We chat a bit about Trek, the character of Captain Kirk and why it can be a gift when fictional characters age along with their actors.
We try to navigate the labyrinth of public domain laws to fruitlessly try to figure out what you can and cannot do with with new adaptations of Sherlock Holmes, the Lone Ranger and the Land of Oz, and whether being public domain has produced better material.
And finally, we wax nostalgic for a bygone time when “grim and gritty” was new, and when Alan Moore blew the comic industry’s collective mind by doing a post-modern adult interpretation of a British superhero aimed at children.
Casey loves science fiction, but has grown tired of the ubiquity of sci-fi that treats dystopia, calamity and apocalypse as inevitability. What happened to looking for positive alternatives and aspirational worlds in our genre media?
Is it a symptom of our inability to imagine that we can overcome the things that make the modern world a scary place, and instead just imagine futures where our problems are exactly the same, or just amplified?
We continue our talk with Sam Mulvey and dig into the questions that try men’s souls. We ponder the repeated use of various firearms in movies, and why laser weapons aren’t nearly as numerous these days.
We dive into the insane and definitely-not-okay animal stunt work of movies past, and marvel at how Donald Pleasence’s pain threshold can be so impossibly high. Plus, we asked our Patreon supporters about their stupid childhood fears, and more!
In an episode exclusive to Patreon supporters, we continue to shake our canes at Hollywood blockbusters, spin offs, crossovers and shared universes, as Mike explains his rocky relationship with Fear the Walking Dead.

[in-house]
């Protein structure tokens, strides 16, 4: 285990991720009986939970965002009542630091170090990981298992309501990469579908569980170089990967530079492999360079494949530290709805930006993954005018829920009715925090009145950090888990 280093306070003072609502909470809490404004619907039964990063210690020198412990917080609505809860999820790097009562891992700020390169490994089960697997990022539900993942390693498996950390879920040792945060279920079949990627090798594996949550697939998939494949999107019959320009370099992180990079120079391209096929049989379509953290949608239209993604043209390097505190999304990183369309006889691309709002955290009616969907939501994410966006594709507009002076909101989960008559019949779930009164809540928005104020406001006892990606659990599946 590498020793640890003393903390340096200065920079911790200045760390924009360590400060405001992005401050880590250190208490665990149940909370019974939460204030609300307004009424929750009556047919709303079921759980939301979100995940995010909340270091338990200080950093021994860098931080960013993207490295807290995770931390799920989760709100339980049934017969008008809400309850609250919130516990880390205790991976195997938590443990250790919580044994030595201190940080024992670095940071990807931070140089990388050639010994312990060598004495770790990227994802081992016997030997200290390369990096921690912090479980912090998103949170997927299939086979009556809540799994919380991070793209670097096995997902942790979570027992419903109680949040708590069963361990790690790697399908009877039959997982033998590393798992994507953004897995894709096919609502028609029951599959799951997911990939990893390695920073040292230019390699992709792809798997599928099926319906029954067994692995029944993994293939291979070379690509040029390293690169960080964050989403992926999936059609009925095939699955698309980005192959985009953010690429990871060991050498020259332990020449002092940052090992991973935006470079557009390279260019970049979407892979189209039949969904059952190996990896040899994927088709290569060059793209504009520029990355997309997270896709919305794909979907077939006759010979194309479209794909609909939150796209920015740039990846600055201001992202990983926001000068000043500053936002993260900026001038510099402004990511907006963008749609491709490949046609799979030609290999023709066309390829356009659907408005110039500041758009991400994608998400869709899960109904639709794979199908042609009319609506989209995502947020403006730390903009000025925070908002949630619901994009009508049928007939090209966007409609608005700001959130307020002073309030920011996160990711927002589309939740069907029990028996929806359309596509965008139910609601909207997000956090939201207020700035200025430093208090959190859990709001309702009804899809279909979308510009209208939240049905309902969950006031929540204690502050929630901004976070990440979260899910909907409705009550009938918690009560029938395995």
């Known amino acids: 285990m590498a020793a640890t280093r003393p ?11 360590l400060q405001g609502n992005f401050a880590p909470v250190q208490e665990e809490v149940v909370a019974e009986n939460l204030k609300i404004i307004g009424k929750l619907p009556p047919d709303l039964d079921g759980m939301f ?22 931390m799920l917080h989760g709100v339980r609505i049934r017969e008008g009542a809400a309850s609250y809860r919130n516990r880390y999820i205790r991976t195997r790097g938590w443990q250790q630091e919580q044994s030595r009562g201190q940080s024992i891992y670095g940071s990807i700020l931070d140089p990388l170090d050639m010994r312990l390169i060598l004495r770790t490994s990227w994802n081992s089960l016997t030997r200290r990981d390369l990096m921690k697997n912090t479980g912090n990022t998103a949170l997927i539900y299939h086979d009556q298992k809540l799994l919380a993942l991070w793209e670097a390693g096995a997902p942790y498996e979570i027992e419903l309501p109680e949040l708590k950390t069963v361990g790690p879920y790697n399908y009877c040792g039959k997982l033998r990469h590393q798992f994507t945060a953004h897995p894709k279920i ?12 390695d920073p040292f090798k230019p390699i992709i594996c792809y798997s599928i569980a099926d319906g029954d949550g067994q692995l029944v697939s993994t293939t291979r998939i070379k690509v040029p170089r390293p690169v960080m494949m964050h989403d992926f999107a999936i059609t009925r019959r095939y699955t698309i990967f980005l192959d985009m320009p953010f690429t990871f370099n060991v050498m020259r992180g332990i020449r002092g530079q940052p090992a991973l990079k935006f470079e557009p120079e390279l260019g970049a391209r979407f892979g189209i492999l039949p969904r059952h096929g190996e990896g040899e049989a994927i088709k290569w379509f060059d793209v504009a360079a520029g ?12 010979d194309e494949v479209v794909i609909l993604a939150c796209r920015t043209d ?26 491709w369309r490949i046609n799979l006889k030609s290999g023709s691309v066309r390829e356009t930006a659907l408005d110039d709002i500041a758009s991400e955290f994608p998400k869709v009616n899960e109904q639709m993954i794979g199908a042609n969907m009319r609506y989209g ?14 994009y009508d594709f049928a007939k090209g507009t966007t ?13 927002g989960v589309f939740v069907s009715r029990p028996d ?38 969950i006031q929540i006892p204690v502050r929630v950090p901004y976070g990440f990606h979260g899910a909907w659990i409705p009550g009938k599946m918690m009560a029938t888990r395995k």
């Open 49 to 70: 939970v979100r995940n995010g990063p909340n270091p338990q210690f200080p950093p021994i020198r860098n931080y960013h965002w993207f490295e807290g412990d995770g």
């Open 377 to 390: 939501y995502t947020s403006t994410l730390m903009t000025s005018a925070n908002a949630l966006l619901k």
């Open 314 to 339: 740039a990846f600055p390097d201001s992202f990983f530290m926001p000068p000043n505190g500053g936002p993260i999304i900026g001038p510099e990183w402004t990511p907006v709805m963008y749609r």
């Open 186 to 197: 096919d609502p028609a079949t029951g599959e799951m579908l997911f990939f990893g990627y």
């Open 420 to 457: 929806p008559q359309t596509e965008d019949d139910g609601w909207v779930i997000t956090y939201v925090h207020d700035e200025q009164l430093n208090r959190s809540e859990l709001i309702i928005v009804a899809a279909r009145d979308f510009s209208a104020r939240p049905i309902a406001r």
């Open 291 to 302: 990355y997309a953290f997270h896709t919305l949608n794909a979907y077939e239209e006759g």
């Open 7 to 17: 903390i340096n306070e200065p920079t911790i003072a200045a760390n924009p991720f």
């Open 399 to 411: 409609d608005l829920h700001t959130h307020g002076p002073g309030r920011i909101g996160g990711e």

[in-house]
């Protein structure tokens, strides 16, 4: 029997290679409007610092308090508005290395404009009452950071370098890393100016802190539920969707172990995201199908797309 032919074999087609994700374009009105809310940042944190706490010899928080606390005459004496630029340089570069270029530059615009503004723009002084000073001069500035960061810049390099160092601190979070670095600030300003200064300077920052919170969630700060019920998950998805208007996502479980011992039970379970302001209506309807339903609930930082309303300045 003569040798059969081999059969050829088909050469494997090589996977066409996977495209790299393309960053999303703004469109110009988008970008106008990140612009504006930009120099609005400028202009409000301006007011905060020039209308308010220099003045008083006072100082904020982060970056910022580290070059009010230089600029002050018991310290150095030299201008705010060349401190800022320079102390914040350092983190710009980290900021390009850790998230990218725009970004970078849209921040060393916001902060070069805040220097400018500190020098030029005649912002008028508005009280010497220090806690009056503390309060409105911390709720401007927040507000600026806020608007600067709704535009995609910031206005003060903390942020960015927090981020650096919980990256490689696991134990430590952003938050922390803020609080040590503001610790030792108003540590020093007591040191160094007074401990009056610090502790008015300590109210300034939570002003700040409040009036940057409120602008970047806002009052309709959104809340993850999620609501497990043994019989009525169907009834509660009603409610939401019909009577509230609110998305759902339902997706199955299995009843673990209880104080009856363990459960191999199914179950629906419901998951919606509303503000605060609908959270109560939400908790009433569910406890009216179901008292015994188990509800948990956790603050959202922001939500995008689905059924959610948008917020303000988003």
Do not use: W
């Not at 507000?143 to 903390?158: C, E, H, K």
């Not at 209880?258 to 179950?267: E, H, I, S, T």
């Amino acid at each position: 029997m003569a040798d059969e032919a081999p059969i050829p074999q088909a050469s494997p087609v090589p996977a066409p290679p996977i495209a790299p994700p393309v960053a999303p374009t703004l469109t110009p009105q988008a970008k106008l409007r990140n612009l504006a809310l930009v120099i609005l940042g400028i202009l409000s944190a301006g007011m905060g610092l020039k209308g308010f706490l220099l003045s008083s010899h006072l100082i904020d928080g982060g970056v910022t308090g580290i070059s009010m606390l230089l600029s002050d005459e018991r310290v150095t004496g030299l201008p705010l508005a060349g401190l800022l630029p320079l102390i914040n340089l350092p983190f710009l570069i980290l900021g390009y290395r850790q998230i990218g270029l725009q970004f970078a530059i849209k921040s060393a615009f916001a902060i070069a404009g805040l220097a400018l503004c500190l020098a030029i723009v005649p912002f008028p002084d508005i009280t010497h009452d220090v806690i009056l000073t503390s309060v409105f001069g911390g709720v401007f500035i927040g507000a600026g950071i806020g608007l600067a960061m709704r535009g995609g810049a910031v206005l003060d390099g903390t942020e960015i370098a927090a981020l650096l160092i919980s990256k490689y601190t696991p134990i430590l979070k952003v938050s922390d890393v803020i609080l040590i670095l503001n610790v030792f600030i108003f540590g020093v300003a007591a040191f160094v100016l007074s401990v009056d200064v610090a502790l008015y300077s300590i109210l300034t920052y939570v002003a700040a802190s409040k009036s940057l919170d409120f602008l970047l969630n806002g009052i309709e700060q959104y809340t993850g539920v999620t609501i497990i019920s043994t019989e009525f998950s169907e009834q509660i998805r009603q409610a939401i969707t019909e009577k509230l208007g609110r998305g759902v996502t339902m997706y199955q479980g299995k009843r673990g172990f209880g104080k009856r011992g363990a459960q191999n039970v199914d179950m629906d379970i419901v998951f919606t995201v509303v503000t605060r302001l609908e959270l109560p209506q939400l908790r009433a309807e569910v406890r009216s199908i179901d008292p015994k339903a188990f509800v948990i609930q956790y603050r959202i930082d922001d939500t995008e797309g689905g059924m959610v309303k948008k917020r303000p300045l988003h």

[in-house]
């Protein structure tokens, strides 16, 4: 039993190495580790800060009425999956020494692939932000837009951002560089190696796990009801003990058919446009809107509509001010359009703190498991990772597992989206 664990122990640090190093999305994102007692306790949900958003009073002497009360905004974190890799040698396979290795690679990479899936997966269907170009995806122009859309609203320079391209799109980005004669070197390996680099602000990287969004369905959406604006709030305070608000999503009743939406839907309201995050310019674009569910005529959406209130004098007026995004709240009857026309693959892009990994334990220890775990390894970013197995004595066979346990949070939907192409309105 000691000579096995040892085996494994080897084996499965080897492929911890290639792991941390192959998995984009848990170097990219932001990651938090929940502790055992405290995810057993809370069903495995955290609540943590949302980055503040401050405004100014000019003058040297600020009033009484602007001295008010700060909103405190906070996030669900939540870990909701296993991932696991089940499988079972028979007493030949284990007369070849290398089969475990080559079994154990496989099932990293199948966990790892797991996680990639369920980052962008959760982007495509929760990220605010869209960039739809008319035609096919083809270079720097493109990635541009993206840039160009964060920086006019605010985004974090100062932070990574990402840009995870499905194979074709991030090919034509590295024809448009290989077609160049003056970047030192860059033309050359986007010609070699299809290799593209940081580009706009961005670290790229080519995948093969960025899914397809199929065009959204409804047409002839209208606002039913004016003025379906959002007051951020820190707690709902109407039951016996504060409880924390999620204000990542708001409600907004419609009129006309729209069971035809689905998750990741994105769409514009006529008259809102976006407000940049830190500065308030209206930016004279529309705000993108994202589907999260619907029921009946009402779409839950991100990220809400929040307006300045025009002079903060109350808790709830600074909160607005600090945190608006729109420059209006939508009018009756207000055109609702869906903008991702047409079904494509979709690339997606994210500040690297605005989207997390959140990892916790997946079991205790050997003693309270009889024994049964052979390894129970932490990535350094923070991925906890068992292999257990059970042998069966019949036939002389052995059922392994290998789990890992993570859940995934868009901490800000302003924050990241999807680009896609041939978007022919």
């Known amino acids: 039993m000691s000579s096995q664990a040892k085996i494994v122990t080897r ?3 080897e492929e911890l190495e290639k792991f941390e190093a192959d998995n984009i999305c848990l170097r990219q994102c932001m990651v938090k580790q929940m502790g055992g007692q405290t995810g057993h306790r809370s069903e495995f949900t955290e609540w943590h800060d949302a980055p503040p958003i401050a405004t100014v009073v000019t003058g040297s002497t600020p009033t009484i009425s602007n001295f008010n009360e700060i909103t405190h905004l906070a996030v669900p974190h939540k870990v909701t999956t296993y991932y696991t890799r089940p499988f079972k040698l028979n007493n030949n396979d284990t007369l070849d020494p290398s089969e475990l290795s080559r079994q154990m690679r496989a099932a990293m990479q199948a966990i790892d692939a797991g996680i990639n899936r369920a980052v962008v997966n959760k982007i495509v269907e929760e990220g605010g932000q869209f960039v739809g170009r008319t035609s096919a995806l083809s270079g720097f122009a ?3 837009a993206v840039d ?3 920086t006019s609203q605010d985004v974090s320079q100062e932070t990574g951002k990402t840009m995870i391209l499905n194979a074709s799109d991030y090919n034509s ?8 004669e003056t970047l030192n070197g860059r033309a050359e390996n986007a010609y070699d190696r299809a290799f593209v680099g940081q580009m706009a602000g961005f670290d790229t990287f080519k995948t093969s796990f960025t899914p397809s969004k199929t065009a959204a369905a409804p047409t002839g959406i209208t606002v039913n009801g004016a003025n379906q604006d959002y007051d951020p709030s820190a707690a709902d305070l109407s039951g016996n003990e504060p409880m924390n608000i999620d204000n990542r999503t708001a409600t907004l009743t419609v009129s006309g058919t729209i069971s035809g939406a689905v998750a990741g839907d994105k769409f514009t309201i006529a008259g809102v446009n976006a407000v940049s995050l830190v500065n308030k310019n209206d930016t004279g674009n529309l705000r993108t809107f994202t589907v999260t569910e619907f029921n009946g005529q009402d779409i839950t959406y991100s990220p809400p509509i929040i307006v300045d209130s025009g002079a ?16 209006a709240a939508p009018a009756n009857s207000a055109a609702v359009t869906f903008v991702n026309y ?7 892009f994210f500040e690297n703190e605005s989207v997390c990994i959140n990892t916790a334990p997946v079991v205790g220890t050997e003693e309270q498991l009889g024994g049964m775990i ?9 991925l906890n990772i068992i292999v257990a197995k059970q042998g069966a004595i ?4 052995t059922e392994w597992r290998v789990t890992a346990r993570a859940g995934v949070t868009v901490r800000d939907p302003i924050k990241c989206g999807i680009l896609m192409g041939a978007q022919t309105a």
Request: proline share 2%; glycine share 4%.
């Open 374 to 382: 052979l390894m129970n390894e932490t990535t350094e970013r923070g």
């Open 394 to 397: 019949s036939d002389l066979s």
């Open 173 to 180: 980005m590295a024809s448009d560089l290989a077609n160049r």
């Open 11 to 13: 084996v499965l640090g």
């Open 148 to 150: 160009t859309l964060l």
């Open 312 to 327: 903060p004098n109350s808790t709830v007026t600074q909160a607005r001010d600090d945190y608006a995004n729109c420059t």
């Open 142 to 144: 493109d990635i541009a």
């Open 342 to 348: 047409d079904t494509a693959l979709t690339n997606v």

What motivates the creation of a spin-off? Are they doomed to be pale imitations? Is the massive blockbuster franchise bubble heading for a burst?
To hear the episode, subscribe to us on Patreon and pledge at least one measly dollar a month!
From Doctor Who to Highlander, we look at the trope of the ageless person who mourns their own lack of death and ask each other, is the trope of sad immortal nothing but bullshit? Shouldn’t never dying actually be pretty great?
We get into armchair biology, the continuity of consciousness, loneliness, the ability (or inevitability) of change over time, theological questions, muse on transhumanism and the ability to opt out of immortality at any time.
Does death serve any useful purpose? Are we really the same person throughout our lives? Would you really want to live for thousands of years. Would you really be sad or grumpy if you had all the time in the world? Aren’t vampires really kind of stupid?
Who, truly, would want to live forever?
This and three other “Black Ops” will available to all Patreon subscribers who donate at least one dollar a month! Check it out!